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    ON THE COVER
    Plainfin midshipman fish (Porichthys notatus) build nests in the rocky intertidal zone. Males (left) produce calls known as a “hums” to attract females (right) to their nest. Hums require repeated muscle contractions at a frequency of 70–100 Hz. Individual hums last for over an hour and accordingly require in excess of 360,000 muscle contractions in a single call. Nelson et al. determine how Ca2+ is handled during this remarkable performance. Photo credit: Margaret Marchaterre, Department of Neurobiology and Behavior, Cornell University. See page 127.

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ISSN 0022-1295
EISSN 1540-7748
In this Issue

Research News

New JGP study explains how auxiliary proteins relieve polyamine block of AMPARs.

Commentary

Aalkjær and Nielsen discuss new data revealing the basis of acid–base transport in t-tubules of skeletal muscle.

Milestone in Physiology

JGP 100th Anniversary

Armstrong and Hollingworth discuss inactivation in the light of modern structural data from K and Na channels.

Viewpoint

Chiu and colleagues review the primary evidence for divergent activation mechanisms and unitary properties of Pannexin 1 channels.

Article

The bacterial pyridine nucleotide uptake family of transporters mediates the uptake of B-type vitamins, but their transport mechanism is unknown. Jaehme et al. show that the PnuT thiamine transporter utilizes a facilitated diffusion mechanism and supports metabolic trapping of phosphorylated thiamine.

Sodium–calcium exchangers contribute to the generation of intracellular Ca2+ signals in numerous physiological processes. Shlosman et al. determine the ion stoichiometry of the only sodium–calcium exchanger of known atomic structure, revealing its functional similarity to mammalian exchangers.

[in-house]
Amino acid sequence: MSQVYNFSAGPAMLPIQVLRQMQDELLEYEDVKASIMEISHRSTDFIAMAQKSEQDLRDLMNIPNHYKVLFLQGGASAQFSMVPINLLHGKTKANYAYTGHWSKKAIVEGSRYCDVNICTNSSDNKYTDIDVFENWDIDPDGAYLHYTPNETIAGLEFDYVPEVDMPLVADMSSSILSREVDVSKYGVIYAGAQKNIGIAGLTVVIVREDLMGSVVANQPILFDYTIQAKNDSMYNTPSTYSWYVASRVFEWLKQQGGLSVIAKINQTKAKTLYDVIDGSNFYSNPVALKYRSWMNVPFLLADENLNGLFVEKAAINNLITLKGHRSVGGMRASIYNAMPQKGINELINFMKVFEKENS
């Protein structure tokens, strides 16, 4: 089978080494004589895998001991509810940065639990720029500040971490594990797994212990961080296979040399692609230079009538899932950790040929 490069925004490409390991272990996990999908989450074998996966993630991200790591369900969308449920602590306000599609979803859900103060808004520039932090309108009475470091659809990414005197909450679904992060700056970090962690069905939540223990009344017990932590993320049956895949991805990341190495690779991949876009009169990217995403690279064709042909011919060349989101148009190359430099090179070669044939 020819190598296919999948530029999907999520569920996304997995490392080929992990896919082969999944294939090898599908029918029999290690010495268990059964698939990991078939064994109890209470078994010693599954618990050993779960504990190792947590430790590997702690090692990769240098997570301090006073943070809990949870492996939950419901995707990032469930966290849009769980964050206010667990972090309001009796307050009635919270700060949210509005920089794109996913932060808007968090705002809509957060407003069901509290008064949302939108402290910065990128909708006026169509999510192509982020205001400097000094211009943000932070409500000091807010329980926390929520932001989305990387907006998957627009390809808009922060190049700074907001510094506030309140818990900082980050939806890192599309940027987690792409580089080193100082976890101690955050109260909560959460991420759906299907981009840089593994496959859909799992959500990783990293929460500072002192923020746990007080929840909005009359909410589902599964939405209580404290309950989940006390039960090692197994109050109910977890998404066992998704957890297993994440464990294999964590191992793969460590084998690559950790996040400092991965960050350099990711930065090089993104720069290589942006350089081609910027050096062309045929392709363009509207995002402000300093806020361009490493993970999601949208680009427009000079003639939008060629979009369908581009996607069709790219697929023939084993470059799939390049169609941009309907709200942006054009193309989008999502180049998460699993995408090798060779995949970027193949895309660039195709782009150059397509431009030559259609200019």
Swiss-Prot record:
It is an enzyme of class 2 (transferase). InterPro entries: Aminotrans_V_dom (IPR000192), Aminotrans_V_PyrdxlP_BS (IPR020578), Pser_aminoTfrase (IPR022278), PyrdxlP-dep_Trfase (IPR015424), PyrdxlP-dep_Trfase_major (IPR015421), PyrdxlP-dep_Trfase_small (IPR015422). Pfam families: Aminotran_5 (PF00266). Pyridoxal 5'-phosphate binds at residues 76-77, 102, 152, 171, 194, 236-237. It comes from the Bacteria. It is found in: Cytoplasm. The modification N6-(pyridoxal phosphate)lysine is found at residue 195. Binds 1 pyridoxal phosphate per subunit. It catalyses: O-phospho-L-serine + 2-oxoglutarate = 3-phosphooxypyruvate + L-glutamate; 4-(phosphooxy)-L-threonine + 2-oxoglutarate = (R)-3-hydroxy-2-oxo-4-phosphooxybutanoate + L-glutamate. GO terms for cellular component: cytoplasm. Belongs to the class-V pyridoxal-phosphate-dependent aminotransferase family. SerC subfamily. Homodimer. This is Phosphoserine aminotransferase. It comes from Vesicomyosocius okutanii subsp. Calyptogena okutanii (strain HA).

Polyamine block of AMPA-type ionotropic glutamate receptors is attenuated by auxiliary proteins stargazin and cornichon-3. Brown et al. show that relief from block is due to enhanced blocker permeation and present a modified model of permeant channel block to account for their experimental findings.

Ca2+-dependent facilitation is a positive feedback mechanism that regulates Cav2.1 P/Q-type channels but not closely related Cav2.2 N-type channels. Thomas et al. identify the molecular determinants that distinguish the ability of Cav2.1 and Cav2.2 to undergo Ca2+-dependent facilitation.

The regulation of pH across the t-system membrane of skeletal muscle fibers is poorly understood. Using a sealed tubule preparation, Launikonis et al. reveal Na+/H+ exchange activity and characterize the properties of the diffusional and NHE proton fluxes across the t-system.

Malignant hyperthermia can result from mutations in the ryanodine receptor that favor anesthetic-induced Ca2+ release. Zullo et al. find that membrane potential modulates the effect of the volatile anesthetic halothane on skeletal muscle ryanodine receptors possessing the Y524S mutation.

The swimbladder muscle of the Pacific midshipman fish contracts up to 360,000 times in an hour while generating mating calls. Using experimental measurements and computational modeling, Nelson et al. reveal the Ca2+ handling that permits these superfast muscle fibers to sustain high-frequency calling.

Coronary blood flows through a complex vasculature that is regulated by a number of physiological mechanisms, including myogenic, shear regulation, and metabolic control. Namani et al. describe a fully integrative and anatomically correct model that accurately predicts experimental observations.

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